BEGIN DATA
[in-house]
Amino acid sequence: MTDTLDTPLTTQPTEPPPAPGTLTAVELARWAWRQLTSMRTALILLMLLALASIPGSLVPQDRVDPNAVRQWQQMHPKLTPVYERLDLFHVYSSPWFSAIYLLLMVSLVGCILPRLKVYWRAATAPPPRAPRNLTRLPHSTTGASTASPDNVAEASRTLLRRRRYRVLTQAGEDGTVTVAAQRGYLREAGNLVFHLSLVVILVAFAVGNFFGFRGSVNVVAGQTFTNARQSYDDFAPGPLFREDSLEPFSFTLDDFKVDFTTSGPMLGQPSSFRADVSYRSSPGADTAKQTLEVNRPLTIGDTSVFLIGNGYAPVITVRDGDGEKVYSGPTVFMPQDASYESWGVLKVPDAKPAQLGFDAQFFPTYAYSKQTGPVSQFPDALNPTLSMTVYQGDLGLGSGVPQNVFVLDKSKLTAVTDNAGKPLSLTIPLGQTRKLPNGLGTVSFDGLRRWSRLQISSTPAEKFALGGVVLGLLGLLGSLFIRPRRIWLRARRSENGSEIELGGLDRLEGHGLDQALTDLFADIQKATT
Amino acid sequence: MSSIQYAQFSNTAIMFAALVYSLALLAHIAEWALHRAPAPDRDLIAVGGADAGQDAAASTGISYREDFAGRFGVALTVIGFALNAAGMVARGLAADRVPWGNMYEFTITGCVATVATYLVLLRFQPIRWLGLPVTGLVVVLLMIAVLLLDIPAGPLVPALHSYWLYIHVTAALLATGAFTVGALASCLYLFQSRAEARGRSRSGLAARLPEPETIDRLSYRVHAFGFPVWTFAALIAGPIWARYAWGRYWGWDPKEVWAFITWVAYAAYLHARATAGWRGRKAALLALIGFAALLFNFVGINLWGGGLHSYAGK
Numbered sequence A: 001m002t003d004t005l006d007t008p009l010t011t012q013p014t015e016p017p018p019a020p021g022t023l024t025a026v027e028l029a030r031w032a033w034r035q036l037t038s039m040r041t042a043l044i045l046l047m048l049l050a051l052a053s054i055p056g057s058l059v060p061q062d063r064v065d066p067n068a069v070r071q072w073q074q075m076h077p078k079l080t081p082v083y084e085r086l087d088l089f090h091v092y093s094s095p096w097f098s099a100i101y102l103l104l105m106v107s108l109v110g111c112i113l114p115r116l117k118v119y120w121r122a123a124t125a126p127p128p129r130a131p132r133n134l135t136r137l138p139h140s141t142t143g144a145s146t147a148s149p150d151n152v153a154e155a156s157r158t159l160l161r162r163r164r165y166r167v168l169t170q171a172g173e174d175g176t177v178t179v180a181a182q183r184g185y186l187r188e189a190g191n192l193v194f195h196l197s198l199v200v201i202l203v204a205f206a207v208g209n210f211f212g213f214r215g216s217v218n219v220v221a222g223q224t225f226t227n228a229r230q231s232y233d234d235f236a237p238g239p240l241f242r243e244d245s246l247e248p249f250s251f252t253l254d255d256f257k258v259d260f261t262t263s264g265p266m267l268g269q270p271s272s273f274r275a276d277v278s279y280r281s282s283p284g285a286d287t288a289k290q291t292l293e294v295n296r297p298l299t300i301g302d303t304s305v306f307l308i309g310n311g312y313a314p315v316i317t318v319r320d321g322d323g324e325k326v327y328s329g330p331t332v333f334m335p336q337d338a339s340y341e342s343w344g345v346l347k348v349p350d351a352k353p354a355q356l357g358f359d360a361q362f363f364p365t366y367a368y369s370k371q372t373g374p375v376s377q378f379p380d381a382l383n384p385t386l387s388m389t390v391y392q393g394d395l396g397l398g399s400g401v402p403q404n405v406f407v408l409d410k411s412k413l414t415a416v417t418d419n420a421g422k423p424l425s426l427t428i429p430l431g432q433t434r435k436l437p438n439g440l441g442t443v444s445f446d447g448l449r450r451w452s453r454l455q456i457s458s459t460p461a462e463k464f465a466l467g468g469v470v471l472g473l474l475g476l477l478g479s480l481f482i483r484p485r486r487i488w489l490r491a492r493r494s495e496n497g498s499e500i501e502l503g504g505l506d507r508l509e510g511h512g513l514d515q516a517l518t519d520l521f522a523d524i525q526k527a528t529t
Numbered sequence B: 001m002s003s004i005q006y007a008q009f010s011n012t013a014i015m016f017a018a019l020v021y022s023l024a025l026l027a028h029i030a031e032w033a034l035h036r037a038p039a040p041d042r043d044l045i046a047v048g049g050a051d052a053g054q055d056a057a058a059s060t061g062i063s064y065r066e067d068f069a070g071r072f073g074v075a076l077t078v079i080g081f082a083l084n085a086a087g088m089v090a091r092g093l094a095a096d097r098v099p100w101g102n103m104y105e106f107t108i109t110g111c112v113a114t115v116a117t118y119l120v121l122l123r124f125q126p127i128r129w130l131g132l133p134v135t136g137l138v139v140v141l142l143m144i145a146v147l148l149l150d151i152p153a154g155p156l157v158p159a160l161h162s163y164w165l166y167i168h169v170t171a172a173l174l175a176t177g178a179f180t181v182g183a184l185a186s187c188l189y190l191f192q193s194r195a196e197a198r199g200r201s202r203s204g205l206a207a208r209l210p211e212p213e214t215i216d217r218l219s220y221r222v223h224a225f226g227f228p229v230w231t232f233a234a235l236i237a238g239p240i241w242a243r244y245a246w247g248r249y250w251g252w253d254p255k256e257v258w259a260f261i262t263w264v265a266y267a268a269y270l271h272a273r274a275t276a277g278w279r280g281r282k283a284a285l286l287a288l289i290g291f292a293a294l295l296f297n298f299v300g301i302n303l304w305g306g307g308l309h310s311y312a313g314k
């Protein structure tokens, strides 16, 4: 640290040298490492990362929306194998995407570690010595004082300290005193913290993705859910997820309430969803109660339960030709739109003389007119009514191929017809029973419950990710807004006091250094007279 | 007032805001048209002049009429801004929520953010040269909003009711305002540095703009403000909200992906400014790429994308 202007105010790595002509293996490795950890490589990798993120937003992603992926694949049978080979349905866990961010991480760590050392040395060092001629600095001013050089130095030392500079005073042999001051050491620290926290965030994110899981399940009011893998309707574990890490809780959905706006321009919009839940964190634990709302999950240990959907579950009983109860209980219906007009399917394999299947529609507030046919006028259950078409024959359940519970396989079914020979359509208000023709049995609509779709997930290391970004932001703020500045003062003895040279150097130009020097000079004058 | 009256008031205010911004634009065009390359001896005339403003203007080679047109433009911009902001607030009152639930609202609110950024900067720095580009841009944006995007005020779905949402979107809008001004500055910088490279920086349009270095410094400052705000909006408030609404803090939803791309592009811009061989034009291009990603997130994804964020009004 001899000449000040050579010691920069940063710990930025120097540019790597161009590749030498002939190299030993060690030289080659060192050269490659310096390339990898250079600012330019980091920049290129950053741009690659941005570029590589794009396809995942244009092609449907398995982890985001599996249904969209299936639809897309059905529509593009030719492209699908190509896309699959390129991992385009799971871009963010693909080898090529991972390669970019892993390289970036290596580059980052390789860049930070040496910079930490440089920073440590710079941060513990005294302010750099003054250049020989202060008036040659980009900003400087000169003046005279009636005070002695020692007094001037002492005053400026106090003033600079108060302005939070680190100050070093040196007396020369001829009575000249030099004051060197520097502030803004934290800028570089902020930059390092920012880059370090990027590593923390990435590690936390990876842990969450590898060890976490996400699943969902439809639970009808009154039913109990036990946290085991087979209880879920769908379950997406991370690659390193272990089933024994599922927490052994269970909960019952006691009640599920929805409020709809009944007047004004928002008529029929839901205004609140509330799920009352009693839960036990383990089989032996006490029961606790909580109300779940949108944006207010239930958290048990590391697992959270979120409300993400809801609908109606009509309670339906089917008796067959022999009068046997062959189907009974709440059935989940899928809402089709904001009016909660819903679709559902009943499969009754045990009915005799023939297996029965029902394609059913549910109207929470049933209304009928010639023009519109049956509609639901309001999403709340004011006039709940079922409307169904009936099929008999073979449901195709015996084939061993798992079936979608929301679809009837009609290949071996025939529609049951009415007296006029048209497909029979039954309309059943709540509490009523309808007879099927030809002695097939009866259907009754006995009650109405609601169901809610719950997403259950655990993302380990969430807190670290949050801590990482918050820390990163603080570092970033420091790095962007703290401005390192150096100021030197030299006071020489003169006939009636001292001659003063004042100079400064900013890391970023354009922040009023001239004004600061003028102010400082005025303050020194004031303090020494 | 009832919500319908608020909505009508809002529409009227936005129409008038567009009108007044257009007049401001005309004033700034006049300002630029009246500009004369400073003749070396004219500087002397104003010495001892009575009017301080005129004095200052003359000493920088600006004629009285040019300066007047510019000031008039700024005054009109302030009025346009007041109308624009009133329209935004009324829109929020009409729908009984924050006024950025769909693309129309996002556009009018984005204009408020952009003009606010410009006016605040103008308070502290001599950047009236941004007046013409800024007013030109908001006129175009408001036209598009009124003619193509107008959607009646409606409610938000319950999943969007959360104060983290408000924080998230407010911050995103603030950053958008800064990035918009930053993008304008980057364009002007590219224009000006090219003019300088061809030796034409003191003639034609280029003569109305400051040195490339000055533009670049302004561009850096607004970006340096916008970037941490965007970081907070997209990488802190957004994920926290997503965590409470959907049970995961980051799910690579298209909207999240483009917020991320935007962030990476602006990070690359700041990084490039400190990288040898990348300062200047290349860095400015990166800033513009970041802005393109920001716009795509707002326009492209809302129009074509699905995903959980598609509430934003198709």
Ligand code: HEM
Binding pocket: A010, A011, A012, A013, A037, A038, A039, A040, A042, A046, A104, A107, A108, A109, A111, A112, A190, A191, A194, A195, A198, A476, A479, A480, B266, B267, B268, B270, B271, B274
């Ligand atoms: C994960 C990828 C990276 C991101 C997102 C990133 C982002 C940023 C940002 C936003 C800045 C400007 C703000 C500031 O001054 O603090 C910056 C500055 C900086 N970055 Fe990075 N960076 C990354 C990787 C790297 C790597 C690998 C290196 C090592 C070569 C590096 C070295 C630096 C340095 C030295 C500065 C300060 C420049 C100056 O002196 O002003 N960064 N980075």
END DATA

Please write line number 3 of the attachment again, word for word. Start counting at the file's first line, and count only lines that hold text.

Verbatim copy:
Amino acid sequence: MSSIQYAQFSNTAIMFAALVYSLALLAHIAEWALHRAPAPDRDLIAVGGADAGQDAAASTGISYREDFAGRFGVALTVIGFALNAAGMVARGLAADRVPWGNMYEFTITGCVATVATYLVLLRFQPIRWLGLPVTGLVVVLLMIAVLLLDIPAGPLVPALHSYWLYIHVTAALLATGAFTVGALASCLYLFQSRAEARGRSRSGLAARLPEPETIDRLSYRVHAFGFPVWTFAALIAGPIWARYAWGRYWGWDPKEVWAFITWVAYAAYLHARATAGWRGRKAALLALIGFAALLFNFVGINLWGGGLHSYAGK